For instance, I recently finished Miss Peregrine’s Home for Peculiar Children and made the mistake of pulling up my manuscript for a skim. This is a mistake I need to stop making, and a horrible cycle.

Thing is, I know I’ll never write like them. First of all, my favorite authors are older than me (if not dead.) I’m probably not going to write with the skill of a thirty year old at twenty-one, not unless I develop mad talent.

Not to mention the books I love most are classics. I’m talking Charles Dickens, with the beautiful vocabulary and seamless ability to paint a picture…

Secondly, everyone has a different style. Trying to mimic another style will only sound forced and unnatural, but when that style is so much smoother, it’s hard to remember that.

Struck with insomnia last night, I couldn’t help wondering if it gets easier. Do you accept your own writing when you’re older? Is there a point where you find contentment with your style?

secret_life_of_bees_grandeIf so, I’m not even close. All my rewrites are proof of that. I know I’ve improved–when I’m not comparing myself to Sue Monk Kidd, my writing isn’t that bad (I hope…)

Maybe I should create a policy of not reading other books when I’m writing something .

One thing I do know–even if my works now aren’t absolutely brilliant, they’ll give way to improvement as I grow. That’s why comparing myself to Charles Dickens isn’t going to work; the situations are different.

January is over, and cold weather clearly left me reflective. Now the days have become mysteriously warm; I suppose the frost of winter thawed so I can actually ask these questions.

What do you do when reading a book makes you feel painfully untalented? Does growing older make it easier?

Coffee, Words With Friends, Publishing


I haven’t had a Friday go by so quickly in a long time. I’ve spent it watching Modern Family, playing Words With Friends, and drinking too much coffee. Now I’m going to use this energy to write a blog post and breathe a bit of life into this site.

Yesterday I was productive and successfully made lemon pudding while asking Syd for instructions all the way from China while she worked on my book cover prototype (thisissoexciting.)

A few days before that, I got my copy of Coldplay – Live 2012, but the box is shattered because the sender packaged it inadequately and a huge chunk of it even came off. The discs do work, but honestly, boxes are important too. How hard could it have been to find a little box? *shakes head*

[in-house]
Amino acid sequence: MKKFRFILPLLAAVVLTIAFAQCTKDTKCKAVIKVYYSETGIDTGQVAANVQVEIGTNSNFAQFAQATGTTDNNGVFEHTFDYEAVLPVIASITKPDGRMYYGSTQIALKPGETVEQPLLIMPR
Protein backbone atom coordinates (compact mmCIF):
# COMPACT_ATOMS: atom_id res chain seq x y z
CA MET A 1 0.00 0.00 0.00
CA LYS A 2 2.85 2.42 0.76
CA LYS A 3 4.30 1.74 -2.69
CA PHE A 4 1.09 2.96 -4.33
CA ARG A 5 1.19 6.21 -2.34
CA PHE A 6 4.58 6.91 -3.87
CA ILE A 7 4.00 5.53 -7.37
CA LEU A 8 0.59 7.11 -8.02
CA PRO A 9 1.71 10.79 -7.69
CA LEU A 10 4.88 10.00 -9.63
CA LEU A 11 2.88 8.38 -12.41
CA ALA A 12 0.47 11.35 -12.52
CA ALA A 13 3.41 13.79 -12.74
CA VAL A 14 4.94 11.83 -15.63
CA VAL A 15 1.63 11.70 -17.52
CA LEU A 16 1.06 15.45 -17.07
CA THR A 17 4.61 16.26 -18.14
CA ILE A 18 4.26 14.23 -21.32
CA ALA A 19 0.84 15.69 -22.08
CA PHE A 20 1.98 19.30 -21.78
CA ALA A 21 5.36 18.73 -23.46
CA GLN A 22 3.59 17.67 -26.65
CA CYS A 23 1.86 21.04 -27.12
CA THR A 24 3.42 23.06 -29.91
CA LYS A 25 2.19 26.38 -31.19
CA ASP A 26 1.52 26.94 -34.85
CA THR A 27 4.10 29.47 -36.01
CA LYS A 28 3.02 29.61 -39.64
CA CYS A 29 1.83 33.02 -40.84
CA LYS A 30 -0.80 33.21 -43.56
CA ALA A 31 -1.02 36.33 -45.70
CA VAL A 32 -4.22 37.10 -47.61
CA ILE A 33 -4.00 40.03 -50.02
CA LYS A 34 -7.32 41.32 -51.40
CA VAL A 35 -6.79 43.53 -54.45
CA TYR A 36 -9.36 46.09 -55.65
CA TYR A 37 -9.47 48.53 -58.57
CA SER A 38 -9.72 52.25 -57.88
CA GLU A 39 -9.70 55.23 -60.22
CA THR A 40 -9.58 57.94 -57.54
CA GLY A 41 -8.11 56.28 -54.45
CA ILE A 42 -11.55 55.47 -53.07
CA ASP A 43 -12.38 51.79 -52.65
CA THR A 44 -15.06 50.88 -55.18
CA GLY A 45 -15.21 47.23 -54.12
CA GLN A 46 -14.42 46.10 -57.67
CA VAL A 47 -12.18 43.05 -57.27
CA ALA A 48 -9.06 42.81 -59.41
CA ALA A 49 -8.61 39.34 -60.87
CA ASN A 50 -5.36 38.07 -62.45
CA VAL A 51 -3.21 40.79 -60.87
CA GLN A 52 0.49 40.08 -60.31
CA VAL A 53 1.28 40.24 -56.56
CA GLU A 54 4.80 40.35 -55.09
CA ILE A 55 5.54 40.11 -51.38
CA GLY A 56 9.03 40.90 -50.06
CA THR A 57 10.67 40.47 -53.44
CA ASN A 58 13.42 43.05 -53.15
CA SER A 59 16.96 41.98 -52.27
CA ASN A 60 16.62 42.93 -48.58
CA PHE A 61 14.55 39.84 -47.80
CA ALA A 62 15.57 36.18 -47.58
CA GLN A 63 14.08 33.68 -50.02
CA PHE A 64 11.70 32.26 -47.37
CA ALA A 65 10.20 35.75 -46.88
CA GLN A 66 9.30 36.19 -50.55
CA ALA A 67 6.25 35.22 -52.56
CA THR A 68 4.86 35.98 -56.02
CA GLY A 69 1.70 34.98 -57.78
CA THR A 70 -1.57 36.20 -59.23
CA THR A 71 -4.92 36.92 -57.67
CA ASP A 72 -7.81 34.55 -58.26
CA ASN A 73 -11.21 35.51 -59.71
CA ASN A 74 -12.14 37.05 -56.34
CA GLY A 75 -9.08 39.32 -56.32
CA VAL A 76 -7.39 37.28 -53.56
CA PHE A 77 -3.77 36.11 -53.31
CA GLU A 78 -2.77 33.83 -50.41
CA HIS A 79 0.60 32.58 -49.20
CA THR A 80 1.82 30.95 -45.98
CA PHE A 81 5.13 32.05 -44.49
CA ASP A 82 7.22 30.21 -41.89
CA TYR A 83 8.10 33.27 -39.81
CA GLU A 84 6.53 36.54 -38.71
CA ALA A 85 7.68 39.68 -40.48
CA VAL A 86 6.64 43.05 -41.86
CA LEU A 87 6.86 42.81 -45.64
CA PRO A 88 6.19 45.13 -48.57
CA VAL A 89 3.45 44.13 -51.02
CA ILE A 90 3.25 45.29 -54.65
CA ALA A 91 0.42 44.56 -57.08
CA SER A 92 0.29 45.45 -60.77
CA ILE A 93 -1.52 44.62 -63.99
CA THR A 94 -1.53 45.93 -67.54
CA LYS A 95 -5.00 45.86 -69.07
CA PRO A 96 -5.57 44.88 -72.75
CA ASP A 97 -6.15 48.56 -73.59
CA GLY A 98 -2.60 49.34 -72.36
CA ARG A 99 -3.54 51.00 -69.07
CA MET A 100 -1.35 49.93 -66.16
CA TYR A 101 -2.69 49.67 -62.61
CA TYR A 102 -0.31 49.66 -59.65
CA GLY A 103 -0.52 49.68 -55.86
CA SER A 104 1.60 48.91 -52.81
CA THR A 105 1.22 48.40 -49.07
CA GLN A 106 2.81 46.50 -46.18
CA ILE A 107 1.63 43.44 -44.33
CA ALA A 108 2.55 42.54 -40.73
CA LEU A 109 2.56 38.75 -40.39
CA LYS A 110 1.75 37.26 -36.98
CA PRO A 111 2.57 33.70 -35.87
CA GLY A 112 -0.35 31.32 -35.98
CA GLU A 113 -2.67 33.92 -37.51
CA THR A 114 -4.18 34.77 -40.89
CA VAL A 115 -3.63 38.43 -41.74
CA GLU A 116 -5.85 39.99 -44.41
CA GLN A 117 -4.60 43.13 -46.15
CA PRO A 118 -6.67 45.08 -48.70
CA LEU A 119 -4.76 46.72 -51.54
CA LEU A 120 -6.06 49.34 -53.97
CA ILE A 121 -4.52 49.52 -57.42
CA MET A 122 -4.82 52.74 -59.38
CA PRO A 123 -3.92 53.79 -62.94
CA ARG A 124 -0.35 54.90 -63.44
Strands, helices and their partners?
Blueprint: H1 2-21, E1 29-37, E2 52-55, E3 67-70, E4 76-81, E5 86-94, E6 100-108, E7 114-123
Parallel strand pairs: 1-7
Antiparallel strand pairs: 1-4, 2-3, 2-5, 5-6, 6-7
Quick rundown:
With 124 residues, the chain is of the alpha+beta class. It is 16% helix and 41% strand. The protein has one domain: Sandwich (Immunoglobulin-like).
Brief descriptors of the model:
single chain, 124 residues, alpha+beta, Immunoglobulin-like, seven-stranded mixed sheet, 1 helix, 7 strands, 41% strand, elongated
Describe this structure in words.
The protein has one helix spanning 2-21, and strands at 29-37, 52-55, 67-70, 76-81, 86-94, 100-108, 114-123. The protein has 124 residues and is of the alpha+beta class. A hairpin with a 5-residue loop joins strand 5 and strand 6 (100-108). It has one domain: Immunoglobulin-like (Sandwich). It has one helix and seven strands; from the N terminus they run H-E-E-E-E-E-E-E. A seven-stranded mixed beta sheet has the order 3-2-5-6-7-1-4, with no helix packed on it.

But this week I found a few more beta readers for Dissonance, because the project is back on. I edited so much last year that it left me panicky and scatter-brained, so come December I was near breakdown–not good. Now, after my awesome betas get their last critique to me around Valentine’s Day, I’ll create a new release date based on when I finish that polishing. I suppose that’s why I wasted my Friday watching television and playing Words With Friends. I know things speed up in the next few weeks.

This is exciting. Also, I keep thinking of 6 or 7 letter words I could use. Report. Puerile. Empath. Social. Publish.

Publish.

Publish.

Too bad I usually forget those when I’m actually playing the game.

And I’m sure this winning streak will fade when the effects of the coffee do.

I hope your January was great!

Banana Pudding


I made banana pudding.

Because you can only scroll Pinterest for so long before caving at a yummy idea.

I don’t know if the pudding tasted great, but my second helping seemed tastier than the first. Maybe I was just sick of smelling bananas the first time.

My mom helped. Thanks, Mom! ♥

This is the recipe.

Maybe this year I’ll make more pastries, pick up a different hobby. If I can just find what I’m looking for and be ready to fail (I am a beginner) it can’t be bad, right?

pudding

 

Here is a picture of me with my creation. (I just read Frankenstein so it felt really weird to say that.)

  • Yes, I’m in pajamas. They’re cozy.
  • I’m an insomniac and look like one.
  • But I was so proud!

I hope January has treated you well!

Journaling & Cluttered Minds


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There are so many books on my shelves, I literally don’t have a spot for another. This is where eBooks become useful. I have a cluttered personality which reflects in most of the things I do.

All my journals really consist of are random snatches of prose and quotes. They’re collections of words I stole from other people, occasionally melting them into my own work.

Will I remember any of these as an older person? Probably not. That’s why I’m writing them down. The words we read help shape us, and my collection of quotes will take me back in a very special way.

Are you a tidy person? Do you keep a journal? If so, what do you find yourself writing most?


“If you take a book with you on a journey, an odd thing happens: The book begins collecting your memories. And forever after you have only to open that book to be back where you first read it. It will all come into your mind with the very first words: the sights you saw in that place, what it smelled like, the ice cream you ate while you were reading it…yes, books are like flypaper—memories cling to the printed page better than anything else.”

— Cornelia Funke, Inkheart